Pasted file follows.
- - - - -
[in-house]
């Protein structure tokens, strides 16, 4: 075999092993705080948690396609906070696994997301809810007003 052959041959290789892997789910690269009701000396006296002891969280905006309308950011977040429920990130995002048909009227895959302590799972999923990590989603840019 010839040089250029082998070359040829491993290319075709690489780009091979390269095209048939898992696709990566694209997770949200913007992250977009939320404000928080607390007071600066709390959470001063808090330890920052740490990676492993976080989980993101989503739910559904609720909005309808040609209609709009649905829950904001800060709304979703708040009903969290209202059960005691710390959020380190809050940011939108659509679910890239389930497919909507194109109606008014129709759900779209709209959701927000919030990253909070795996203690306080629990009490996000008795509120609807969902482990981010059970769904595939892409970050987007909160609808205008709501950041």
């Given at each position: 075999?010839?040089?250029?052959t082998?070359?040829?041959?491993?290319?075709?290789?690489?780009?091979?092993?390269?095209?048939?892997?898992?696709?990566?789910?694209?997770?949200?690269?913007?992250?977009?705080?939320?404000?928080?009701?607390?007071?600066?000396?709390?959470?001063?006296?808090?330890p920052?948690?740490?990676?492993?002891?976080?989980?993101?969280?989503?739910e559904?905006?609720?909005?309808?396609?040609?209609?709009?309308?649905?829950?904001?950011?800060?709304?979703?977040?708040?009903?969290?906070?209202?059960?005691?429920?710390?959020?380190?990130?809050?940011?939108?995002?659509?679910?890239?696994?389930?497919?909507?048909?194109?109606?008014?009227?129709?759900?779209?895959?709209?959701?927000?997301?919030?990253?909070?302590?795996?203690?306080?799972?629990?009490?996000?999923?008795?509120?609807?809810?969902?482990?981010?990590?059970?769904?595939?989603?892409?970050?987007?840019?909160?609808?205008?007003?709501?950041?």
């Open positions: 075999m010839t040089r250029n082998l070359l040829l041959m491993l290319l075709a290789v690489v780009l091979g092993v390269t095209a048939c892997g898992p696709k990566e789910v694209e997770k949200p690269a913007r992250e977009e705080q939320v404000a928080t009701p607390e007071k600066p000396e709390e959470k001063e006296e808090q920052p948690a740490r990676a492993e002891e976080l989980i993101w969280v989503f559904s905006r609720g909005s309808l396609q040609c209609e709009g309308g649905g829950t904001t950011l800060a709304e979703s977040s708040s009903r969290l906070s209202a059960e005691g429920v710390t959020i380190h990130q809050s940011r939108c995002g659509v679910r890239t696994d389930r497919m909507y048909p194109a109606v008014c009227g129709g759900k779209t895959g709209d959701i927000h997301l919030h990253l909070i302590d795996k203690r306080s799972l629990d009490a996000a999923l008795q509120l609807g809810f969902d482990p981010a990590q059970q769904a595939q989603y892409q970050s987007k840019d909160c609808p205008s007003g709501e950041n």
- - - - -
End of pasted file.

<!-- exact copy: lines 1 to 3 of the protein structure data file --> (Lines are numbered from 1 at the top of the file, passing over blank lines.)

[in-house]
């Protein structure tokens, strides 16, 4: 075999092993705080948690396609906070696994997301809810007003 052959041959290789892997789910690269009701000396006296002891969280905006309308950011977040429920990130995002048909009227895959302590799972999923990590989603840019 010839040089250029082998070359040829491993290319075709690489780009091979390269095209048939898992696709990566694209997770949200913007992250977009939320404000928080607390007071600066709390959470001063808090330890920052740490990676492993976080989980993101989503739910559904609720909005309808040609209609709009649905829950904001800060709304979703708040009903969290209202059960005691710390959020380190809050940011939108659509679910890239389930497919909507194109109606008014129709759900779209709209959701927000919030990253909070795996203690306080629990009490996000008795509120609807969902482990981010059970769904595939892409970050987007909160609808205008709501950041």
């Given at each position: 075999?010839?040089?250029?052959t082998?070359?040829?041959?491993?290319?075709?290789?690489?780009?091979?092993?390269?095209?048939?892997?898992?696709?990566?789910?694209?997770?949200?690269?913007?992250?977009?705080?939320?404000?928080?009701?607390?007071?600066?000396?709390?959470?001063?006296?808090?330890p920052?948690?740490?990676?492993?002891?976080?989980?993101?969280?989503?739910e559904?905006?609720?909005?309808?396609?040609?209609?709009?309308?649905?829950?904001?950011?800060?709304?979703?977040?708040?009903?969290?906070?209202?059960?005691?429920?710390?959020?380190?990130?809050?940011?939108?995002?659509?679910?890239?696994?389930?497919?909507?048909?194109?109606?008014?009227?129709?759900?779209?895959?709209?959701?927000?997301?919030?990253?909070?302590?795996?203690?306080?799972?629990?009490?996000?999923?008795?509120?609807?809810?969902?482990?981010?990590?059970?769904?595939?989603?892409?970050?987007?840019?909160?609808?205008?007003?709501?950041?």